‘Safe, happy and cheap:’ Inside the Mayo Clinic hybrid care hotel

Mayo Clinic’s Hybrid Care Hotel in Jacksonville, Fla., challenges the notion that low-risk surgical patients recover better in a conventional hospital.

The Hybrid Care Hotel is a virtual hybrid care service designed for low-risk surgical patients that uses technology and in-person clinician interactions to reimagine patient care.

Michael Maniaci, MD, Medical Director of Mayo Clinic Hospital in Florida, spoke with Becker Hospital Review on how the hospital’s quick thinking at the height of the pandemic gave birth to the Hybrid Care Hotel.

Question: When did the Mayo Clinic come up with the idea for their Hybrid Care Hotel?

Michael Maniaci, MD: The idea came at the end of July 2020 when COVID started to surge in Florida. We had so many out-of-town patients who needed to be kept in our hospitals overnight, but we needed the capacity for sick patients coming in with COVID-19. So, instead of stopping surgeries, we decided to come up with another model so that our patients could get the care they needed, which is how the Hybrid Care Hotel started.

Q: Which teams were involved in the creative process?

MM: Our hospital practice team worked with our surgical teams to try to combine the technology we were using from our hospital-at-home program to the Hybrid Care Hotel. We also started asking advocates, in neurology and neurosurgery, to elect patients who would be good for this type of care. We wanted to make sure we could prove that this system would be safe and provide patients with a good experience. This allowed us to bring together all the right people, technologies and surgeons for the Hybrid Care Hotel, and five days later, after our initial discussion with our teams, we ended up piloting the program with our first patient.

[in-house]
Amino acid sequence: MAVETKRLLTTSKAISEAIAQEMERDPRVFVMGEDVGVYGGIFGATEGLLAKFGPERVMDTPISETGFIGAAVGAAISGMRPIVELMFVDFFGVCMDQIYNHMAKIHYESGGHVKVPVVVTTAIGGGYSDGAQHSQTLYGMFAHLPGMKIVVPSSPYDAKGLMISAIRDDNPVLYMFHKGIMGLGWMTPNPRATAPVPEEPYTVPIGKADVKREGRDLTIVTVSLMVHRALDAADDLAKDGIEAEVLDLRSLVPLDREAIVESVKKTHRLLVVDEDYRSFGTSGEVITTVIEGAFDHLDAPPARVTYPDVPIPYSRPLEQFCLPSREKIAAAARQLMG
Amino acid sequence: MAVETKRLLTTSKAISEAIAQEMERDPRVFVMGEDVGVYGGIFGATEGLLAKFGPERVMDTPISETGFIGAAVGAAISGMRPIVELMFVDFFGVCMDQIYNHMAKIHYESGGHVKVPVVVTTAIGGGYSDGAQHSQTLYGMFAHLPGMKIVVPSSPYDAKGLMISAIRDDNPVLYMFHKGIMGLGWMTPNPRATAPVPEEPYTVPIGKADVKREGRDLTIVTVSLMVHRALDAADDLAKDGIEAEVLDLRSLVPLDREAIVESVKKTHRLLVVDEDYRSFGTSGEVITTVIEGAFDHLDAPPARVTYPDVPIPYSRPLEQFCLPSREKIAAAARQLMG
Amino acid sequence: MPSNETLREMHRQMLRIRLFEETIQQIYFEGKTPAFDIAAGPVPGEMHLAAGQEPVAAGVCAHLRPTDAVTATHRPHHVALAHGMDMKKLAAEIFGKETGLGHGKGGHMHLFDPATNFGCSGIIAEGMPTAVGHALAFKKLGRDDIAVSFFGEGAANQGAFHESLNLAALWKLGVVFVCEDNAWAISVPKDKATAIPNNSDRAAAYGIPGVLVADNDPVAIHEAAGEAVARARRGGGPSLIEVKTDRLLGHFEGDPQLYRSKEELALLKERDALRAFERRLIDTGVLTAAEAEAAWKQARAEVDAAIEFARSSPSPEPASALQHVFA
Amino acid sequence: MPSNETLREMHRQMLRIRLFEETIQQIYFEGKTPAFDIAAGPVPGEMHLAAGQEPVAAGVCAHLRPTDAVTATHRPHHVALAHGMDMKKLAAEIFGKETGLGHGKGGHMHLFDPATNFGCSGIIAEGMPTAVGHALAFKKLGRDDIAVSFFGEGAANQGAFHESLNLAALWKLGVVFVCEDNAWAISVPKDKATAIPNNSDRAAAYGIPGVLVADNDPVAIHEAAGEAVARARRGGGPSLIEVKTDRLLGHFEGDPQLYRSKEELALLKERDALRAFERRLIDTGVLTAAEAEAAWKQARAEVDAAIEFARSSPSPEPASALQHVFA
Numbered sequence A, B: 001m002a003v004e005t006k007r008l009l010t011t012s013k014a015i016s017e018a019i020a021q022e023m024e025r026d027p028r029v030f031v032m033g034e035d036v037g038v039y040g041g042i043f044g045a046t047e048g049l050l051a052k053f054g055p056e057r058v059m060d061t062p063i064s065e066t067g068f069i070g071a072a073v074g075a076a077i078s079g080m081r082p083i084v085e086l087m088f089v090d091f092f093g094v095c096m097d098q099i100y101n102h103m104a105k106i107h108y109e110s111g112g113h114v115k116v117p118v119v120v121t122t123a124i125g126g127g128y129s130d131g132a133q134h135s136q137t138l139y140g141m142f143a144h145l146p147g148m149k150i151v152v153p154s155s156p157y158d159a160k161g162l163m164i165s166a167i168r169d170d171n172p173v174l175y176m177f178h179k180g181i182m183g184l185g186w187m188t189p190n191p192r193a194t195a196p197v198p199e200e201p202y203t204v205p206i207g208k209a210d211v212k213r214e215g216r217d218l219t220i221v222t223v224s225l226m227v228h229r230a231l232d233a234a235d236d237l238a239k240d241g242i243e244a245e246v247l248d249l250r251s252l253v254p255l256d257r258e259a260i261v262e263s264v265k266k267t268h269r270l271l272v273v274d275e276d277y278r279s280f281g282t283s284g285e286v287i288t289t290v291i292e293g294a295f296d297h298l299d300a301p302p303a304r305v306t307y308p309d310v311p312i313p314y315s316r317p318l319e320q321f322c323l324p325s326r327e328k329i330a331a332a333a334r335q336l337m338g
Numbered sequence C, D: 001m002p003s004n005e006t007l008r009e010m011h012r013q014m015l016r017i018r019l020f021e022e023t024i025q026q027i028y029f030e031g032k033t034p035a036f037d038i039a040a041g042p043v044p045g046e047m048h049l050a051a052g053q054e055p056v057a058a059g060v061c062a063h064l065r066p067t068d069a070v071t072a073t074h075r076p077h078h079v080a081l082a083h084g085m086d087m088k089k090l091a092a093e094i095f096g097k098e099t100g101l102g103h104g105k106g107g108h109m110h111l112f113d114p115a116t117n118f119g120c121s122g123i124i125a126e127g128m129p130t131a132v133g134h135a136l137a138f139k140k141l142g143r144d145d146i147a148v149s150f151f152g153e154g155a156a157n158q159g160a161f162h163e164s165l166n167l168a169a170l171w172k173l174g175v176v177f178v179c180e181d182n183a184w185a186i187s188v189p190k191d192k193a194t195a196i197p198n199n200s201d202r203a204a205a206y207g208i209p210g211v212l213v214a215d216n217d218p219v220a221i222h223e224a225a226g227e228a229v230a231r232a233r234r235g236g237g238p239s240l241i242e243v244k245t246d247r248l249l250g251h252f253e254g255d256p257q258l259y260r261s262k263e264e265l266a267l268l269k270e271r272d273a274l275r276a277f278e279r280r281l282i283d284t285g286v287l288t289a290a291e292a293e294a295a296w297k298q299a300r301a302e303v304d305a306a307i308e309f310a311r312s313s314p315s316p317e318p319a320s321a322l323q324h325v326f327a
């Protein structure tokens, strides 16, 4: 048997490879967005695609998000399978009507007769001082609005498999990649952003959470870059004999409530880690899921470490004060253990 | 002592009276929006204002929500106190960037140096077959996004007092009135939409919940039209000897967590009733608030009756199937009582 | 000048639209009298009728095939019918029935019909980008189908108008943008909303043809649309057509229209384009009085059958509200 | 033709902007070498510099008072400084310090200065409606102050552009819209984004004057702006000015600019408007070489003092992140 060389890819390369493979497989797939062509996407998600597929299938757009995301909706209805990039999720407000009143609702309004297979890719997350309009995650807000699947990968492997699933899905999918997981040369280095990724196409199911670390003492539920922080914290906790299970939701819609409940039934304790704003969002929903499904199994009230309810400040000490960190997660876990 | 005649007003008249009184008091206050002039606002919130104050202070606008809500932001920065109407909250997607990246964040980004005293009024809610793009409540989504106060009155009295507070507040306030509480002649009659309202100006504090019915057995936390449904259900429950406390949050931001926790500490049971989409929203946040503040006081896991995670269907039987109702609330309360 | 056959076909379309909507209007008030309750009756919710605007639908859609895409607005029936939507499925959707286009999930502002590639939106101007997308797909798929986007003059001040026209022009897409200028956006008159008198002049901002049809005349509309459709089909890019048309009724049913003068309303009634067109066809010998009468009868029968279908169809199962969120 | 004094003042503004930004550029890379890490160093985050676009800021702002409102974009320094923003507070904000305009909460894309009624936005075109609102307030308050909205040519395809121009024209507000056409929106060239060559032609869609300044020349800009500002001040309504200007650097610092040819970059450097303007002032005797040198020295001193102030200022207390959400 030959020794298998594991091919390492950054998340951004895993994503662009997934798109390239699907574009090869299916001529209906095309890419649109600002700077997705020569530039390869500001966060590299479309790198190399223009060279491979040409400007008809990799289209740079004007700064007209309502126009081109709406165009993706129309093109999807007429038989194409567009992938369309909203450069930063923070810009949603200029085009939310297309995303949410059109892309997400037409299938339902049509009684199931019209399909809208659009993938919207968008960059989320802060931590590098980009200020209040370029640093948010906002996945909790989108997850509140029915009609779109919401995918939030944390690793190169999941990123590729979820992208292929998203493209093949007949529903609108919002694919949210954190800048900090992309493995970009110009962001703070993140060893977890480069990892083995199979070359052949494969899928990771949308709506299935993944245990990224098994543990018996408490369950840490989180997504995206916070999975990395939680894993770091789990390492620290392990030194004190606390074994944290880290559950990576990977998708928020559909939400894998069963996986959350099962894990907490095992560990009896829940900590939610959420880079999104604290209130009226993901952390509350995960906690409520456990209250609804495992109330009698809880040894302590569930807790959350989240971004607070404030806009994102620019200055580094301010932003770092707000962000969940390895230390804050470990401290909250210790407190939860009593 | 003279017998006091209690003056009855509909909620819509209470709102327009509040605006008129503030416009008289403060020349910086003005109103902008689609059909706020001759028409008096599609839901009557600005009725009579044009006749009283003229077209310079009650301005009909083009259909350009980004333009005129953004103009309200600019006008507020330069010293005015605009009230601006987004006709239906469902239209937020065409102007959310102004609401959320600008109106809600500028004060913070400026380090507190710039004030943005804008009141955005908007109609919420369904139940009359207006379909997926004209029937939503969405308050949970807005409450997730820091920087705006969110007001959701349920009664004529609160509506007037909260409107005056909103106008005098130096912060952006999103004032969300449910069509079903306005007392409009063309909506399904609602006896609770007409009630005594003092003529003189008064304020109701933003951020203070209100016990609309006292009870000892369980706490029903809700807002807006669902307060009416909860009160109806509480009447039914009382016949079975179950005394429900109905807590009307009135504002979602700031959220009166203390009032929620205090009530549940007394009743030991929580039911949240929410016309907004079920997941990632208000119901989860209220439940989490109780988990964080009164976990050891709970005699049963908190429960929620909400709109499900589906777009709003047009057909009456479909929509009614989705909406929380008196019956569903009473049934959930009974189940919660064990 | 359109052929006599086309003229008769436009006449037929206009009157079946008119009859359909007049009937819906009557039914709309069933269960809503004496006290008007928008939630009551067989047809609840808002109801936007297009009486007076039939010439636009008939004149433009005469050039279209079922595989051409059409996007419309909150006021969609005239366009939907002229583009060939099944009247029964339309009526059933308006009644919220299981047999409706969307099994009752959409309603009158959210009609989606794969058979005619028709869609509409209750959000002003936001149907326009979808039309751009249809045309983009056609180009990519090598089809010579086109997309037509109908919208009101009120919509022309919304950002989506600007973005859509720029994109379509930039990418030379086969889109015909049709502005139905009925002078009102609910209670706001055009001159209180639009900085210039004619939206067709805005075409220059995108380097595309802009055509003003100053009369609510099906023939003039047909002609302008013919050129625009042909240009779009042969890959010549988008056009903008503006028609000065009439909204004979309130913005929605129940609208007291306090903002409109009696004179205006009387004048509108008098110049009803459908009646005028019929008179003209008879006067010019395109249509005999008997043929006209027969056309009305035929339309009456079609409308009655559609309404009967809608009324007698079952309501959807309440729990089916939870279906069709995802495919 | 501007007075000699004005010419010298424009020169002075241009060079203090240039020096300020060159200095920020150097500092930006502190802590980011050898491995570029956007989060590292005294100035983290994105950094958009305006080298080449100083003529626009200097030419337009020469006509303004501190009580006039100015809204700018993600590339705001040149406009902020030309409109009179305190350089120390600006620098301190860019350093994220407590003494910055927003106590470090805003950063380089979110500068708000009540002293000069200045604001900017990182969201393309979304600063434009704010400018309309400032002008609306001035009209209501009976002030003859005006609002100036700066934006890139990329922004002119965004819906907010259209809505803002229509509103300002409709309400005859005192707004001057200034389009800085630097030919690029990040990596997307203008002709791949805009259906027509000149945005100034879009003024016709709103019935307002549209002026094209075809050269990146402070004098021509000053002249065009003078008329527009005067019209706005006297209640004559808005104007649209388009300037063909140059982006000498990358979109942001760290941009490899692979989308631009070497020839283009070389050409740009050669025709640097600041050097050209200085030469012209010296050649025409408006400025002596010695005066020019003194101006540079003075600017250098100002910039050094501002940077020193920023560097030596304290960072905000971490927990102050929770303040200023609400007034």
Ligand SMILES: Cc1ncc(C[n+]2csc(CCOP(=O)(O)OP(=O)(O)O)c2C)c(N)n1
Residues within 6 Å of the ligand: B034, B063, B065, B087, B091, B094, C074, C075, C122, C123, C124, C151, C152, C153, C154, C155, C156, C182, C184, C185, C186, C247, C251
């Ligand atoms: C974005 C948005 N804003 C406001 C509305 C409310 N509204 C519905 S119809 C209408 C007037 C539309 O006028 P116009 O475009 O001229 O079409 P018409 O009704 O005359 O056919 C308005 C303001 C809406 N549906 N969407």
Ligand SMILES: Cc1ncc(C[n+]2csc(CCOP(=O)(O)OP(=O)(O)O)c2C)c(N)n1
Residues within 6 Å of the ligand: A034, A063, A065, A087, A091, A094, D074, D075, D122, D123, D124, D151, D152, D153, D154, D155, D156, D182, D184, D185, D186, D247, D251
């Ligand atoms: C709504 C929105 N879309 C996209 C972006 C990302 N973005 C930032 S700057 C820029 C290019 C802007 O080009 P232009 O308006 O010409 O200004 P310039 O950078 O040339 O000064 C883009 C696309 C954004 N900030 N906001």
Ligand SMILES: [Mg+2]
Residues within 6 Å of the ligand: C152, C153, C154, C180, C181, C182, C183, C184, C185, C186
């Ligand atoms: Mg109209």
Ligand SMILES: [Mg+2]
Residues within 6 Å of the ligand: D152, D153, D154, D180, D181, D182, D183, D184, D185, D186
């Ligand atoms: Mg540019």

Q: When designing the program, how did Mayo Clinic ensure that its goal was to improve patient experience and satisfaction?

MM: We wanted to do it voluntarily first, we didn’t want to force the patients to go to the hotel if they didn’t want to. Second, we kept communication open with patients. We collected their answers, their immediate reactions, answered their questions, connected them with their surgeons and collected data on the patient experience, refining aspects of the Hybrid Care Hotel to meet their needs.

Q: Based on the patient feedback you received, what do patients like about the model?

MM: Some of the feedback we have received from patients indicates that they find it more comfortable to recover in a hotel room compared to a hospital room. They also loved having family with them. The Hybrid Care Hotel allows families of patients to wait at the hotel while they have their procedure and visit them afterwards without having to wait in a crowded waiting room. Patients also said they really enjoyed using the tablet, which allows patients to virtually connect with a bedside nurse. The response time with the tablet was 30 seconds, that’s faster than our hospital.

Q: Do you think hybrid models of care like this will become more popular over the next decade?

MM: Yes, and these are my main reasons – safe, happy and cheap. The quality of care provided at the Hybrid Care Hotel has already proven itself in complete safety. The Mayo Clinic also collects patient experience data and compares it to the hospital experience, and some of our findings suggest that patients have a better experience at the Hybrid Care Hotel. In addition, this program saves money, the construction of hospital facilities to house patients can represent an investment of 100 million dollars, while the Hybrid Care Hotel costs thousands of dollars. This saves hospitals money and passes it on to investing in better patient care. Once other hospitals see that it works, it will quickly gain popularity.

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